Another "Reformer" Gone Bad

Monday, December 16, 2013
We're all familiar with the now infamous media narrative that had portrayed Syria's Bashar al-Assad and Cuba's Raul Castro as "reformers."

Time has proven that both Bashar and Raul are just as brutal -- if not even more -- than their predecessors.

Add North Korea's Kim Jong-un to that list.

This weekend, media outlets expressed "shock" at Kim's highly-publicized execution of his uncle, Jang Song-Thaek, who was believed to be North Korea's second most powerful person.

Of course, the "shock" is of their own irresponsible making.

Does this all sound familiar?

From Time:

[Y]oung Kim, who spent a few years as a teenager going to school in Switzerland, may be willing to acknowledge the blindingly obvious: that what North Korea has been doing for decades economically doesn't work, and that there are plenty of examples right in the neighborhood — South Korea and China most obviously — that over the same period have gotten a lot of things right economically.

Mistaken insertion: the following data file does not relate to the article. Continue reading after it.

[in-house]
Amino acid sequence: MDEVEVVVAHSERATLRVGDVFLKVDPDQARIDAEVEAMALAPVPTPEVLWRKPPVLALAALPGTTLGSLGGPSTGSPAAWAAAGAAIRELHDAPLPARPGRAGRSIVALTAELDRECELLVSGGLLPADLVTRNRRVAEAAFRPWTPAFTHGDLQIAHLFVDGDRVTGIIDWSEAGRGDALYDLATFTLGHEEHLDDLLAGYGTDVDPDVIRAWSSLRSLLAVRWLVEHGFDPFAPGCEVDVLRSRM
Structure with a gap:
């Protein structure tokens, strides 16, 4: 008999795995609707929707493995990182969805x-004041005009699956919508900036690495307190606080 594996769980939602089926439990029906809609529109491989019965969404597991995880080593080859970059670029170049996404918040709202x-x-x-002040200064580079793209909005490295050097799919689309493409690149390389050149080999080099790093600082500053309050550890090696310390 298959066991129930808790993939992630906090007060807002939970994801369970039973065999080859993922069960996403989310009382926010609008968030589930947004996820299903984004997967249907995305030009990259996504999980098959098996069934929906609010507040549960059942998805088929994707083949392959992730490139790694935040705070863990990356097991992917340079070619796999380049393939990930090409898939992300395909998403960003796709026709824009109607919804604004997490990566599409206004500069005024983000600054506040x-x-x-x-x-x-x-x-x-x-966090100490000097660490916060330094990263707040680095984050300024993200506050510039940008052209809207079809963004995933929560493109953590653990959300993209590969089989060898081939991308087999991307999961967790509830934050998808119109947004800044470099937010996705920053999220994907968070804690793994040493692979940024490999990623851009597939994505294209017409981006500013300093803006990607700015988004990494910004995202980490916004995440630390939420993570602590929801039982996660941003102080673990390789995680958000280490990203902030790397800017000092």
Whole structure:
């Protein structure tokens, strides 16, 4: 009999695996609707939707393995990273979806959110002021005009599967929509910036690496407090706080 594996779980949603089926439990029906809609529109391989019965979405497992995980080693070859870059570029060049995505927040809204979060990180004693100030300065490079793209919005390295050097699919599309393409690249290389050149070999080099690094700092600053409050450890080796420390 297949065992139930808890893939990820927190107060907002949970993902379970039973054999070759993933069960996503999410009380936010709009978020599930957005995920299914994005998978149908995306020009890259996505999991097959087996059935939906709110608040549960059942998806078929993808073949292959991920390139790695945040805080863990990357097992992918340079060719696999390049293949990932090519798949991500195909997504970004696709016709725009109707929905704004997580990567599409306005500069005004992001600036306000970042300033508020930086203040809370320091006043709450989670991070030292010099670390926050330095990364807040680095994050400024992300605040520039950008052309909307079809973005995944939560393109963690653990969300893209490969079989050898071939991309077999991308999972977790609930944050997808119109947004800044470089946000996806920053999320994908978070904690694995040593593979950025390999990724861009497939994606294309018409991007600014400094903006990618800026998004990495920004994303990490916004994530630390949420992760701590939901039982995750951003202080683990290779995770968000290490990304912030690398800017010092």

From Spiegel:

Young North Koreans are suddenly wearing chic outfits, men gel their hair like South Korean actors, and private markets have more flexible opening hours. Do these tiny differences signal a change in course by the country's new leader, Kim Jong Un?

From AFP:

North Korean leader Kim Jong-un has called for a "radical turnaround" in the impoverished country's economy in a rare New Year's address that also appeared to offer an olive branch to South Korea.


In terms of the survival of his regime, the least perilous short-term option for Kim Jong-un is, in fact, to expand economic and political ties with China, while launching modest reforms to capitalize on newly designated special economic zones.

But hey, no worries -- for we were just reassured:

A senior North Korean official said yesterday that the execution of leader Kim Jong-un’s once-powerful uncle will not lead to changes in economic policies and vowed that the nation would push ahead with an ambitious plan to develop new economic zones.